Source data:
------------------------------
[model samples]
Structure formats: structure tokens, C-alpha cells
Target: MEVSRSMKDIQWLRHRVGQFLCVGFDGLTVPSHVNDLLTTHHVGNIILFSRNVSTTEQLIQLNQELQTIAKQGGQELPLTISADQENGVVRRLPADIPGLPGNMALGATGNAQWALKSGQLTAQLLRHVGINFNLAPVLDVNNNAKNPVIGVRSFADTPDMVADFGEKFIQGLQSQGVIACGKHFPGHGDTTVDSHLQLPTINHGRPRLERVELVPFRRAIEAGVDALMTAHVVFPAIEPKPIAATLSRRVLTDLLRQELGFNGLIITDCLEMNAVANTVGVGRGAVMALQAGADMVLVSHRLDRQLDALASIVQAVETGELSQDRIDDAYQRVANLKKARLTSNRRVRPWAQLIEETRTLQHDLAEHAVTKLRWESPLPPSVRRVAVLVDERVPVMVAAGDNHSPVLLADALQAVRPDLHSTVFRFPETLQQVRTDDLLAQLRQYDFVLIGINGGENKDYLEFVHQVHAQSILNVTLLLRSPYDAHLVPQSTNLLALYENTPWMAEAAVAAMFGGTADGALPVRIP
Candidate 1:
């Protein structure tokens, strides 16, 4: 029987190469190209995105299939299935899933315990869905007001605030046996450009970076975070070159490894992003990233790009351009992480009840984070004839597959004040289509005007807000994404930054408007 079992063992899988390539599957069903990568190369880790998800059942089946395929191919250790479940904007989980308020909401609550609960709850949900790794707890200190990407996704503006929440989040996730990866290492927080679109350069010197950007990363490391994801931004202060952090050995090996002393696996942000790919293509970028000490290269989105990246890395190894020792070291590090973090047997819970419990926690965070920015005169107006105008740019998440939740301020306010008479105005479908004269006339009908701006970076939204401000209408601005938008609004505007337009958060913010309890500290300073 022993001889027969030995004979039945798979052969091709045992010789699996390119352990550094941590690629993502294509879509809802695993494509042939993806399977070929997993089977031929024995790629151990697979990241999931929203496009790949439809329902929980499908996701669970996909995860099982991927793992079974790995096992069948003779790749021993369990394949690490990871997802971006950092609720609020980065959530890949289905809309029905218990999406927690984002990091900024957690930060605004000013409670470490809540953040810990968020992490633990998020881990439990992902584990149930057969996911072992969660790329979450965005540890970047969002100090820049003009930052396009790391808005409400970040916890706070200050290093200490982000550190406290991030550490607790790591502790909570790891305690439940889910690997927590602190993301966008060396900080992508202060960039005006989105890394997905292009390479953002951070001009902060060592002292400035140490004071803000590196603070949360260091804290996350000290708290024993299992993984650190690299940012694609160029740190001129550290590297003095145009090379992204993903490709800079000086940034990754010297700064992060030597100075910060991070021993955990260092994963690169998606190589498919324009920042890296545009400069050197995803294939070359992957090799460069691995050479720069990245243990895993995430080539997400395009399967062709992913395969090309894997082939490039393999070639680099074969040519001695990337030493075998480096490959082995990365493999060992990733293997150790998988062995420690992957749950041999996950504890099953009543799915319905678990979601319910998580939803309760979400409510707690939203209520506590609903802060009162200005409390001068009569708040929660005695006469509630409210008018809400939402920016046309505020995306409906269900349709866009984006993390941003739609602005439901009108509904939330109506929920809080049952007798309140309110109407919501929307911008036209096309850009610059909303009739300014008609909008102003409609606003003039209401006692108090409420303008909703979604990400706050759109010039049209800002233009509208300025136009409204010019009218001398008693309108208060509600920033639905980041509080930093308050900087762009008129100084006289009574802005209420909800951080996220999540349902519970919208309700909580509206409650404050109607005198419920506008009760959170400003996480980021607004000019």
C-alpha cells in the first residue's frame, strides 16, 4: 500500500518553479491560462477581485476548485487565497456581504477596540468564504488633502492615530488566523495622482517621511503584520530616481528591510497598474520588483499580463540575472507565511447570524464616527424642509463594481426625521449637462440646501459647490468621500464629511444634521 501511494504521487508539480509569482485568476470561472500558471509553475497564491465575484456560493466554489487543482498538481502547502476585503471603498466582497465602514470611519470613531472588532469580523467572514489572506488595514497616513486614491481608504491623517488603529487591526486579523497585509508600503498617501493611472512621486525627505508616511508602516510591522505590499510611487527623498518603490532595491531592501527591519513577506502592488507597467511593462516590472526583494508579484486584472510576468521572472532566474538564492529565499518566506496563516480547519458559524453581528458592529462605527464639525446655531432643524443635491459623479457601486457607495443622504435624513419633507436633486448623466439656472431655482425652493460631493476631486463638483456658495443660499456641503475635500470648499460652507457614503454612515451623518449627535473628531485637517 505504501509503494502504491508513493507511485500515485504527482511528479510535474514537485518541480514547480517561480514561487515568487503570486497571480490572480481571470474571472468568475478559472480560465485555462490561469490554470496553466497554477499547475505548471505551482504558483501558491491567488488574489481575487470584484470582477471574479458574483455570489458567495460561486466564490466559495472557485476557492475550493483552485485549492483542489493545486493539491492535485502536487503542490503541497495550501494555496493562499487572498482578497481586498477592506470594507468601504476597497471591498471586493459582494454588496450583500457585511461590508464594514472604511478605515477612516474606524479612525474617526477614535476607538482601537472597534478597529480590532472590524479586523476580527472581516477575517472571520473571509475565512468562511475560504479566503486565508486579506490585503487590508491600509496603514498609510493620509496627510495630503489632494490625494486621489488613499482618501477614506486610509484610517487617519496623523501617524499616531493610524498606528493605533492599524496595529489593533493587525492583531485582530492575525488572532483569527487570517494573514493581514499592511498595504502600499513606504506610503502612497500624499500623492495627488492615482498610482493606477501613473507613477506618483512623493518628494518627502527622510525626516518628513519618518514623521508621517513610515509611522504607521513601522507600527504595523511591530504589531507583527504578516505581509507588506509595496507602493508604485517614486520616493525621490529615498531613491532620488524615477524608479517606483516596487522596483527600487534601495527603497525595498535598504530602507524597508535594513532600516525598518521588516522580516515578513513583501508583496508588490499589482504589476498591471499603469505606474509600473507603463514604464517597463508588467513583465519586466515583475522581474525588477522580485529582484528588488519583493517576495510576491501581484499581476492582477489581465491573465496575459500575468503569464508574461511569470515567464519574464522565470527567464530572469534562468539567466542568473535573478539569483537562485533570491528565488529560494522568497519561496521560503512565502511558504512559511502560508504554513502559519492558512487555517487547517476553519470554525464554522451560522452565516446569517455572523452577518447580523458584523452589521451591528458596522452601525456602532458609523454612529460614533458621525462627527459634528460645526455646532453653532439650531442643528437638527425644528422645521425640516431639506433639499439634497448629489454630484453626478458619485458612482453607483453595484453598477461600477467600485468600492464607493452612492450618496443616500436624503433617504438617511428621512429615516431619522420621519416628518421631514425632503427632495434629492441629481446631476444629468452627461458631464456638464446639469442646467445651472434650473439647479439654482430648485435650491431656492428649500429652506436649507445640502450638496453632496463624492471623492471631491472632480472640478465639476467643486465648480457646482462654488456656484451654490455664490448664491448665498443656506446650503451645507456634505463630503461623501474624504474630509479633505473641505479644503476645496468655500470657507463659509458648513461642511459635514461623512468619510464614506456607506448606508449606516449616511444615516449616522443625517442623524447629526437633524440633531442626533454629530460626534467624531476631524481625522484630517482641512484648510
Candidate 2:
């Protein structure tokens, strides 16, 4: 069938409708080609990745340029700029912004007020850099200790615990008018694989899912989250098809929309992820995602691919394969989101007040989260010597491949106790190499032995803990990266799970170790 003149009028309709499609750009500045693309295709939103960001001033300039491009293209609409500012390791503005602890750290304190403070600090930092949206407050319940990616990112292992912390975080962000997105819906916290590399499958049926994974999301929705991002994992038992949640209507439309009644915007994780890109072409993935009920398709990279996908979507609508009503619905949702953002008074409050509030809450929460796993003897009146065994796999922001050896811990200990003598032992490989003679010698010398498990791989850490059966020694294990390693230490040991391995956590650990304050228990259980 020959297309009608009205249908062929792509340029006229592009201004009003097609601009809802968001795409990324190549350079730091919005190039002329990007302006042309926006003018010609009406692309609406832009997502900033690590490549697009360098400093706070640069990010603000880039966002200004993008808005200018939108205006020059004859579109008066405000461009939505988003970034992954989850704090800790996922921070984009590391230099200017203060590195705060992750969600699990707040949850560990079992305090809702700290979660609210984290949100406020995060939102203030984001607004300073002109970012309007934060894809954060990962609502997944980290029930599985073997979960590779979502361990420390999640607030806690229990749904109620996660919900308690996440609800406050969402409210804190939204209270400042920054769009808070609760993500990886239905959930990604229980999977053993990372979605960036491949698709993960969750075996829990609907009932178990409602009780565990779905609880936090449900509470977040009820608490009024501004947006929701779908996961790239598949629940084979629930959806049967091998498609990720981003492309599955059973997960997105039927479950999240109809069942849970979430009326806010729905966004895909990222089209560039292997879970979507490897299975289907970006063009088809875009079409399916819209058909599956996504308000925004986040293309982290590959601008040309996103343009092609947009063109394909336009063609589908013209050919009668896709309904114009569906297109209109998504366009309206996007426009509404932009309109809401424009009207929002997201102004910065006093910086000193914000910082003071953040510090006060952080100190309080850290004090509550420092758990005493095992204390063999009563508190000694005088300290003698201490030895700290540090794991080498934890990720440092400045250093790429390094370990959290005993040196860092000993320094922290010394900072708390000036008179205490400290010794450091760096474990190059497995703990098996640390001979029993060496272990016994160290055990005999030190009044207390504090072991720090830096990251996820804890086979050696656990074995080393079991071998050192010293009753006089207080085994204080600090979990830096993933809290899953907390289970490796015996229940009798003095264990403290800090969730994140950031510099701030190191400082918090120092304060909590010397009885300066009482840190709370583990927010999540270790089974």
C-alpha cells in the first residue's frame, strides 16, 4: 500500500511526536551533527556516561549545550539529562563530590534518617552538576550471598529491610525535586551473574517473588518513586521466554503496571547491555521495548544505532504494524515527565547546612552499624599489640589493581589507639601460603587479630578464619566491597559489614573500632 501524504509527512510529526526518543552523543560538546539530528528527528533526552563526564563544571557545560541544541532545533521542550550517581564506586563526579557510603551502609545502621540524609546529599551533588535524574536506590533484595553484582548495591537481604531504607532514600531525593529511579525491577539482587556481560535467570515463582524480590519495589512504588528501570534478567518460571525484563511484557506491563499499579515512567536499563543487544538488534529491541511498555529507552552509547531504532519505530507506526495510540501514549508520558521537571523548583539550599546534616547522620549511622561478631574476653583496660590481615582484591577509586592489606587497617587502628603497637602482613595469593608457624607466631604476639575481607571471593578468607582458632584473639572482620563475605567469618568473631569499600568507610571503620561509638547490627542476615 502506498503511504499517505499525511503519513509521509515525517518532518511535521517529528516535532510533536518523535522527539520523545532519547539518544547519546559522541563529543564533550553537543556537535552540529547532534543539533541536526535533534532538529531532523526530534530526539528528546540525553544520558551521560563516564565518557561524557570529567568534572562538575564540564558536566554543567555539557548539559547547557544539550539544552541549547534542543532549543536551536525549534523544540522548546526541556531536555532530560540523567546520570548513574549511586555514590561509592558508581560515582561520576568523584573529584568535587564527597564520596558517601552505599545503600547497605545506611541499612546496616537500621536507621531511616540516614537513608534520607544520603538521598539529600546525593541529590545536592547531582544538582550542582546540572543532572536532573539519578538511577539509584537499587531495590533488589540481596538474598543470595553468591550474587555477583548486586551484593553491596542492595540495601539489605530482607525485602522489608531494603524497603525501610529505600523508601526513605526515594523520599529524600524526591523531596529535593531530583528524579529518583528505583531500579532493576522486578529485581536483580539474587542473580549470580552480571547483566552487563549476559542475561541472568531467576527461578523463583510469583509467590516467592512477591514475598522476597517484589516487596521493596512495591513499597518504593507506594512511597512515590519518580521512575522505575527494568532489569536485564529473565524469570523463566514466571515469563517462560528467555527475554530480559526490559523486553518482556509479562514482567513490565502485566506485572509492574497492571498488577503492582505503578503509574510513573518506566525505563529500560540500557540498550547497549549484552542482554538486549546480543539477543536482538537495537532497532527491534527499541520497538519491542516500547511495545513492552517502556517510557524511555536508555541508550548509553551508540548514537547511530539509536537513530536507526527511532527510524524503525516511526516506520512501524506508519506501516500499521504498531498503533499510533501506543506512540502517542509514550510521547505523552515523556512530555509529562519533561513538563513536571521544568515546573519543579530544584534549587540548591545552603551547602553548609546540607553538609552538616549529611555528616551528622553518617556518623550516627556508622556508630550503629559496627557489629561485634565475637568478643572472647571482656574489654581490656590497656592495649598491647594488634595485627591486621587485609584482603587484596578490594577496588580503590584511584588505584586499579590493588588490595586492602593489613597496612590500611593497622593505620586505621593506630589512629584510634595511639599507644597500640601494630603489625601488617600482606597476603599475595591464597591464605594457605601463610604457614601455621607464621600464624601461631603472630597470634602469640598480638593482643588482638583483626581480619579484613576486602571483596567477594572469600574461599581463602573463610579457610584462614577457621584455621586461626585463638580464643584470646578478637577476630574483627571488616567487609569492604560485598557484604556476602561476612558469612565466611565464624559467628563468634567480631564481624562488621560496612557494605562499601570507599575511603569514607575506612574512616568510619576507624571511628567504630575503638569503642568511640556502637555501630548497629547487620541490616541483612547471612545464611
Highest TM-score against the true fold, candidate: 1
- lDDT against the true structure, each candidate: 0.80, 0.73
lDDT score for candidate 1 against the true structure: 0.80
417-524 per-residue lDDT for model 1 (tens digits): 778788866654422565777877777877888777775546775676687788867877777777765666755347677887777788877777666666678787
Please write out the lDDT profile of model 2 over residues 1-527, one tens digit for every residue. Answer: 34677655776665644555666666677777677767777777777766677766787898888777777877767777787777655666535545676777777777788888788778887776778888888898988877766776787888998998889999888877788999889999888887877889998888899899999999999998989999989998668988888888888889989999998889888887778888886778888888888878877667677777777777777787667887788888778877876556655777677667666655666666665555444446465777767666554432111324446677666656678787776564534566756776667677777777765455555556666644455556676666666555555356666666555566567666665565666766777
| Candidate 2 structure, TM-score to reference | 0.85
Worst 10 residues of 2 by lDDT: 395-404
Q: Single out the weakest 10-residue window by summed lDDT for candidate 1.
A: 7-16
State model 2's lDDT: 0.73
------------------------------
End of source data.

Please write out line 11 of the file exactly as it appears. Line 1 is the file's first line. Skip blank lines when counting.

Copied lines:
- lDDT against the true structure, each candidate: 0.80, 0.73